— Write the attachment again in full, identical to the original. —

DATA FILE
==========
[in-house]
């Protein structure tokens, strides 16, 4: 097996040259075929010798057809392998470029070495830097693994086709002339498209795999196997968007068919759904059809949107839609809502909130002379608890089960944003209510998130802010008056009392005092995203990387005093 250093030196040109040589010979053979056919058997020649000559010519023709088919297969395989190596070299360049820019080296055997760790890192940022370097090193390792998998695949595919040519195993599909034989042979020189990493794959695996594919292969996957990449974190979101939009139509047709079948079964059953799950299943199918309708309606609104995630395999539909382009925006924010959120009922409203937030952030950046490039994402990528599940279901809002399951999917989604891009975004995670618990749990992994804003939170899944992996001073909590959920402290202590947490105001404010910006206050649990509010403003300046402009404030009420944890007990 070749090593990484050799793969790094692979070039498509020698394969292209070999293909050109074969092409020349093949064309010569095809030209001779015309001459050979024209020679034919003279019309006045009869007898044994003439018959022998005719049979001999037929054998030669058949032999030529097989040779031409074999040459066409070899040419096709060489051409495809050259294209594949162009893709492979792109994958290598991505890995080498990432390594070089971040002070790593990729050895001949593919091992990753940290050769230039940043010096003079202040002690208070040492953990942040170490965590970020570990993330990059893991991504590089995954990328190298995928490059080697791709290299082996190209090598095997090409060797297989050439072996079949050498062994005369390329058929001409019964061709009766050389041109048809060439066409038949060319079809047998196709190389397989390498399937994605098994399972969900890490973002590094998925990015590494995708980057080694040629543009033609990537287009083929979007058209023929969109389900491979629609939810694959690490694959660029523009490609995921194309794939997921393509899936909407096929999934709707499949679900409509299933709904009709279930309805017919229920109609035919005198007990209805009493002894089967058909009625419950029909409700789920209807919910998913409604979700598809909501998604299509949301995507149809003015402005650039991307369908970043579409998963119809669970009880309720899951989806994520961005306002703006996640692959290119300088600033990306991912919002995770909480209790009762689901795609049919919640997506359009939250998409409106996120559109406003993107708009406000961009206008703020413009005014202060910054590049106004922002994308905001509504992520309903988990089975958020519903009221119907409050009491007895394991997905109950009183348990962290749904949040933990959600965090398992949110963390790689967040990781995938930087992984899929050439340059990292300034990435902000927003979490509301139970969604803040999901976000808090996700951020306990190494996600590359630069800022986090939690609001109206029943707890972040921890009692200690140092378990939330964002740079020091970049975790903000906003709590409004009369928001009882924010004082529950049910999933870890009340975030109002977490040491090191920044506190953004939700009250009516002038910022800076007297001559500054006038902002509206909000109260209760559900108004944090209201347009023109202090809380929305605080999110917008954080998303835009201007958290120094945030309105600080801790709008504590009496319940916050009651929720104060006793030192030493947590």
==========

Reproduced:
[in-house]
């Protein structure tokens, strides 16, 4: 097996040259075929010798057809392998470029070495830097693994086709002339498209795999196997968007068919759904059809949107839609809502909130002379608890089960944003209510998130802010008056009392005092995203990387005093 250093030196040109040589010979053979056919058997020649000559010519023709088919297969395989190596070299360049820019080296055997760790890192940022370097090193390792998998695949595919040519195993599909034989042979020189990493794959695996594919292969996957990449974190979101939009139509047709079948079964059953799950299943199918309708309606609104995630395999539909382009925006924010959120009922409203937030952030950046490039994402990528599940279901809002399951999917989604891009975004995670618990749990992994804003939170899944992996001073909590959920402290202590947490105001404010910006206050649990509010403003300046402009404030009420944890007990 070749090593990484050799793969790094692979070039498509020698394969292209070999293909050109074969092409020349093949064309010569095809030209001779015309001459050979024209020679034919003279019309006045009869007898044994003439018959022998005719049979001999037929054998030669058949032999030529097989040779031409074999040459066409070899040419096709060489051409495809050259294209594949162009893709492979792109994958290598991505890995080498990432390594070089971040002070790593990729050895001949593919091992990753940290050769230039940043010096003079202040002690208070040492953990942040170490965590970020570990993330990059893991991504590089995954990328190298995928490059080697791709290299082996190209090598095997090409060797297989050439072996079949050498062994005369390329058929001409019964061709009766050389041109048809060439066409038949060319079809047998196709190389397989390498399937994605098994399972969900890490973002590094998925990015590494995708980057080694040629543009033609990537287009083929979007058209023929969109389900491979629609939810694959690490694959660029523009490609995921194309794939997921393509899936909407096929999934709707499949679900409509299933709904009709279930309805017919229920109609035919005198007990209805009493002894089967058909009625419950029909409700789920209807919910998913409604979700598809909501998604299509949301995507149809003015402005650039991307369908970043579409998963119809669970009880309720899951989806994520961005306002703006996640692959290119300088600033990306991912919002995770909480209790009762689901795609049919919640997506359009939250998409409106996120559109406003993107708009406000961009206008703020413009005014202060910054590049106004922002994308905001509504992520309903988990089975958020519903009221119907409050009491007895394991997905109950009183348990962290749904949040933990959600965090398992949110963390790689967040990781995938930087992984899929050439340059990292300034990435902000927003979490509301139970969604803040999901976000808090996700951020306990190494996600590359630069800022986090939690609001109206029943707890972040921890009692200690140092378990939330964002740079020091970049975790903000906003709590409004009369928001009882924010004082529950049910999933870890009340975030109002977490040491090191920044506190953004939700009250009516002038910022800076007297001559500054006038902002509206909000109260209760559900108004944090209201347009023109202090809380929305605080999110917008954080998303835009201007958290120094945030309105600080801790709008504590009496319940916050009651929720104060006793030192030493947590």